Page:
The media shouldn’t feel too badly medical-testing firm Theranos is ignoring it ( PRN, Dec 21, 2015). Even Walgreens, which has a deal to set up thousands of Theranos blood-testing sites in its drugstores, received a cold shoulder. The pharmacist never even got a proper look at Theranos’ main testing device, Edison, The Wall Street Journal reported May 26 in a page 1 story.
For months you’ve been painstakingly pulling together interviews from senior leadership, creating graphics to showcase financial data and weaving a compelling story to give a picture of a company for an annual report. The hard copy version is on its way to the printers. And the digital version has been passed along to the developers to be posted online.
Sure, celebrate the end of a well-executed project. But what can you do after that? The material you’ve compiled need not stay bound within the annual report’s pages.
Considering the rash of certain brands’ ads, not many trust the adage, “Quality over quantity.”
Perhaps a few. Facebook posts by U.S. B2C brands actually fell 13% in Q1’ 16 vs Q1’ 15, according to Shareableedata provided exclusively to PR News. Still, consumer actions with those fewer posts remained flat year vs year. Actions are the sum of likes, shares and comments. Video pulled. B2Cs saw a 60% growth in Facebook video actions on a 40% rise in video content.
The topic of issues management has been around for decades. It’s examined and debated regularly in the PR industry mainly because it can be a very broad, overarching concept.
When the pressure of crisis management and an often-thorny public policy process are added to the mix, a conundrum can develop, especially for communicators with little to no experience in one or all of these areas. Issues management around public policy must be woven into an organization’s culture early, not just when things are tanking.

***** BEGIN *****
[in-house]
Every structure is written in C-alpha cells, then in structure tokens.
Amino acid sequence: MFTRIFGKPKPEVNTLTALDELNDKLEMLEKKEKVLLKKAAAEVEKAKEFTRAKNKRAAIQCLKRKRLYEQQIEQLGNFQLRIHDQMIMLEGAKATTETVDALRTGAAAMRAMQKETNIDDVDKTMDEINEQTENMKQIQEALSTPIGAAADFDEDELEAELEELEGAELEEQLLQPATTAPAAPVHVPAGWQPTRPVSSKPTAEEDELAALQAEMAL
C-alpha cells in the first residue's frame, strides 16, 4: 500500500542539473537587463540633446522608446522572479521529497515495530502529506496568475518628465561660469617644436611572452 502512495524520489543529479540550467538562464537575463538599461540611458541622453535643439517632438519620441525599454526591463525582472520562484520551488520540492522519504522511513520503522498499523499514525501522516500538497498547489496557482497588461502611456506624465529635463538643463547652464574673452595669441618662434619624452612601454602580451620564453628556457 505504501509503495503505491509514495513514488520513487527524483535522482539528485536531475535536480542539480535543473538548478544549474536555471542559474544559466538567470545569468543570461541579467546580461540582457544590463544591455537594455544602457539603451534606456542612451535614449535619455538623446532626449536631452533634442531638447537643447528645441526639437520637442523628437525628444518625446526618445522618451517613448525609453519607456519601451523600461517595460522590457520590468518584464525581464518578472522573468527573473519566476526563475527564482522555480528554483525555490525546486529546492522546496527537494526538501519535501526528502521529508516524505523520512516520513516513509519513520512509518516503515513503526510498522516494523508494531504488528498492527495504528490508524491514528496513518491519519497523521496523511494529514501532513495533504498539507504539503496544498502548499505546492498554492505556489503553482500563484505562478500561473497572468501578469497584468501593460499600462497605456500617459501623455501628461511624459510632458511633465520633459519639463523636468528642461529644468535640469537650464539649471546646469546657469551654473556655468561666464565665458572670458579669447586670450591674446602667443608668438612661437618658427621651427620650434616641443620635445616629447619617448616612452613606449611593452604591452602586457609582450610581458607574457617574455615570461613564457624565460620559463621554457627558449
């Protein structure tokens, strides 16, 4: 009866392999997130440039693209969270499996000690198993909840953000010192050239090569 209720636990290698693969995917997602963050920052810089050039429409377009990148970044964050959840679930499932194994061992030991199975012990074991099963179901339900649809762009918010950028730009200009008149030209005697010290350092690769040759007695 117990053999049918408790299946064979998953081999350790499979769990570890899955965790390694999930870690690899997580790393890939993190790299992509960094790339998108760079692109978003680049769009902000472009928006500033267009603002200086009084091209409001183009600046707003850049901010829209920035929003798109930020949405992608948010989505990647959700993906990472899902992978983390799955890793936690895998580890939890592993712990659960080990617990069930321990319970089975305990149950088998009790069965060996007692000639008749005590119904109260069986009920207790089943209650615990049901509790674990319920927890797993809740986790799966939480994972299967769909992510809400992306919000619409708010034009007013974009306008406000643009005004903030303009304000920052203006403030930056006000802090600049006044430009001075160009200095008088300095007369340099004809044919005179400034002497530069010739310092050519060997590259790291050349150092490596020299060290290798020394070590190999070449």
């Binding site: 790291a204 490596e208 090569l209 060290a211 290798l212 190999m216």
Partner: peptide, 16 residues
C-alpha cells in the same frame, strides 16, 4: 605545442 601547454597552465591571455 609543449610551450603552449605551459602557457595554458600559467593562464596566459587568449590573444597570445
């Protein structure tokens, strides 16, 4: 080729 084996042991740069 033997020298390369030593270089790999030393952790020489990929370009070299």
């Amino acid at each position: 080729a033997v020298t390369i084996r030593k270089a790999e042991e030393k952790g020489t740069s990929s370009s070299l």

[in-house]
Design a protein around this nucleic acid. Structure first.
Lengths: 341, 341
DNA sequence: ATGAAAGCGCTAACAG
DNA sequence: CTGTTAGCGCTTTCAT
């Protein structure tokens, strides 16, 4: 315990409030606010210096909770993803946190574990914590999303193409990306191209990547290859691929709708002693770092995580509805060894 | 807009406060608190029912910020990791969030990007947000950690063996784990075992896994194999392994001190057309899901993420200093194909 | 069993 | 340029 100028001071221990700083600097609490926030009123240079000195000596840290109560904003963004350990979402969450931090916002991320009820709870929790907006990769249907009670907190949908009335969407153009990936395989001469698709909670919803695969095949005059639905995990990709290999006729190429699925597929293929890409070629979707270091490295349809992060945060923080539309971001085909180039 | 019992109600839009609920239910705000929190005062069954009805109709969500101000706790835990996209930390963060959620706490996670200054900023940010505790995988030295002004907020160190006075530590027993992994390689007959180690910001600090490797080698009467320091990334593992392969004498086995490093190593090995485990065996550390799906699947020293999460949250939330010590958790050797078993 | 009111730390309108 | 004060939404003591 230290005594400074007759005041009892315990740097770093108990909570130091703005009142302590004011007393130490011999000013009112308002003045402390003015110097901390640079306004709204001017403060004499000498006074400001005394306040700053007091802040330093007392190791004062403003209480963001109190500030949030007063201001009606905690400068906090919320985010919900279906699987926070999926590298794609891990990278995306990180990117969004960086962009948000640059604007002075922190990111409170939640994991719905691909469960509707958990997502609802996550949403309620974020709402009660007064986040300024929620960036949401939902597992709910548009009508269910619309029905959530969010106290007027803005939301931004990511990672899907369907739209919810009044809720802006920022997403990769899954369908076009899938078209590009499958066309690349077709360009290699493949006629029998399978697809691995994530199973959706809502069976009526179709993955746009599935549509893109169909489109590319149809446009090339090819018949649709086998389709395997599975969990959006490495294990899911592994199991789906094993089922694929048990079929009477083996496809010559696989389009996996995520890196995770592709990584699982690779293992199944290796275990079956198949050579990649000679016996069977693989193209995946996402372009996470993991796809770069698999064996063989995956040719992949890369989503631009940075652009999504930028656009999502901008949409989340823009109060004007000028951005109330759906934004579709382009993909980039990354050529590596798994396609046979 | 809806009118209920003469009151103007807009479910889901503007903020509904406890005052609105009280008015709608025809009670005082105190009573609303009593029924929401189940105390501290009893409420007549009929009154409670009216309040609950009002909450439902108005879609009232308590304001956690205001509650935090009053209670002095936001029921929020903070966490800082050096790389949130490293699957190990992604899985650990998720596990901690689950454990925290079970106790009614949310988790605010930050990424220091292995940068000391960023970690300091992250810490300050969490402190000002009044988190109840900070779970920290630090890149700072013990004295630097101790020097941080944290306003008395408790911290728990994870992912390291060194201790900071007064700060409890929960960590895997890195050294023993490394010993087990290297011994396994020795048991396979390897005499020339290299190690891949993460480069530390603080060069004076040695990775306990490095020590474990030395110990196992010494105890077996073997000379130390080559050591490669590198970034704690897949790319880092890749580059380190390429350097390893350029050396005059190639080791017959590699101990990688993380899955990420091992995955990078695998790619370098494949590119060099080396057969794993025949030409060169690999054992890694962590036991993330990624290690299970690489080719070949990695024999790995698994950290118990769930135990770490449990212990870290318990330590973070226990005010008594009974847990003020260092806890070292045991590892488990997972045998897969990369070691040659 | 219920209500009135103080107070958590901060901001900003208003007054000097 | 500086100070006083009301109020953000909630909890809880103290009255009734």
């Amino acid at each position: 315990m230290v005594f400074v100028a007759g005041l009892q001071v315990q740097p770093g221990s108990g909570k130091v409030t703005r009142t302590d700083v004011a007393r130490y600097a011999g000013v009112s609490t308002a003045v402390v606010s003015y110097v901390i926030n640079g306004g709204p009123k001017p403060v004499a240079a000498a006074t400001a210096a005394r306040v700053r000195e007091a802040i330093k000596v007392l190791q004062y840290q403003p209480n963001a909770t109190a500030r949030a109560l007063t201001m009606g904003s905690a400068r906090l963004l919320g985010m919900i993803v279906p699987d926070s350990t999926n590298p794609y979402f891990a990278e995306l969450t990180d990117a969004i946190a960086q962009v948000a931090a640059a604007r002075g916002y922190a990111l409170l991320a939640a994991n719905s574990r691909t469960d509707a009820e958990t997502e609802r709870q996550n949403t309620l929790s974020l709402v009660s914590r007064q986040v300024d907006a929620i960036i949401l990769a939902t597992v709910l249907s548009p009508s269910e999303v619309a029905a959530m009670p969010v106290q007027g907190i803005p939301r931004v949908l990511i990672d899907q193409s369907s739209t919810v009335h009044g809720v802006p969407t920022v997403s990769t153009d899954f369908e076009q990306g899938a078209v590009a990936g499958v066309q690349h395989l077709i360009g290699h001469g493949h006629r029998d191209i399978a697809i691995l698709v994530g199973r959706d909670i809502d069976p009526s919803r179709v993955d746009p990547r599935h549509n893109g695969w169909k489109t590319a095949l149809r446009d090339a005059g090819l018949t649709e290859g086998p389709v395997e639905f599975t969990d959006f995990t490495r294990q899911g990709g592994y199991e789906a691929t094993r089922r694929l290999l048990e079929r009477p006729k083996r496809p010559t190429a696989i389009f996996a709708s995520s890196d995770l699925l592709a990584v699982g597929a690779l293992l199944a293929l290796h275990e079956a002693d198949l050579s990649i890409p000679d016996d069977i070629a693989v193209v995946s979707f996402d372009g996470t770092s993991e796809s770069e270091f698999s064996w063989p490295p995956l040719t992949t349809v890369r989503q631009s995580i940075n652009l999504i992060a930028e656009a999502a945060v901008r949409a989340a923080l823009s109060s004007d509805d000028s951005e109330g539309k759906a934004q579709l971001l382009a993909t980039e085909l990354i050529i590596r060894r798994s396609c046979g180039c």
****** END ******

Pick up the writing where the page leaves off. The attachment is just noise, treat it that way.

It’s a PR 101 conundrum: Charges are made against an important brand; the brand’s stature and the nature of the charges result in press coverage; the brand delays its response and a story is born. The brand then reaches out to the complainants and listens to their charges. Within a few days the brand investigates and concludes the charges are untrue. Some of the complainants agree with the brand’s assessment, while others say the investigation was faulty and demand increased transparency from the brand. The story results in many people thinking deeper about the brand and what it does. For some, the perception of the brand will change, if even just slightly.
This is a grossly simple way of looking at the story about conservative groups saying Facebook’s algorithm has been giving short shrift to stories with a conservative viewpoint. With 1 billion+ people using it each day, including 8 billion+ video views, Facebook arguably is the dominant social platform and a major component of brands’ social outreach.
The best sports organizations in the world are continually obsessed with recruiting the right team members. Building a team that will have the right chemistry to win and then retaining those administrators, players and coaches after they have achieved some level of success are perhaps the twin holy grails of sport.
It’s telling that, in the war between blog mogul and tech tycoon, the most substantive discussion is taking place in the pages of “The Gray Lady.” The Times, for many, is still the number one place to go to learn the facts or let the facts be known.
Donald Trump’s use of Twitter has often influenced entire news cycles, and his proclivity for the platform is well known—often tweeting 10 times a day, once as many as 59 times in a single day. But the question remains: Is Trump actually the person behind his famously contentious Twitter presence?
You’re about to lead a pitch meeting with a new client, or present your PR measurement results to your CEO. Has your mouth gone dry? Butterflies fluttering in your stomach? Voice reduced to mouse-squeak level? You may never be able to quell those butterflies—even Frank Sinatra suffered from stage fright—but you can practice certain exercises to get your voice ready even if your stomach may never follow suit.
Social media is clearly a crucial part of any PR strategy, but it’s also a vast and sprawling world comprised of various platforms and countless users and content creators. Many organizations are turning to volunteer spokespeople to meet this challenge—not only to cover more ground, but also because of the authentic passion that a fan of the brand can bring to the conversation.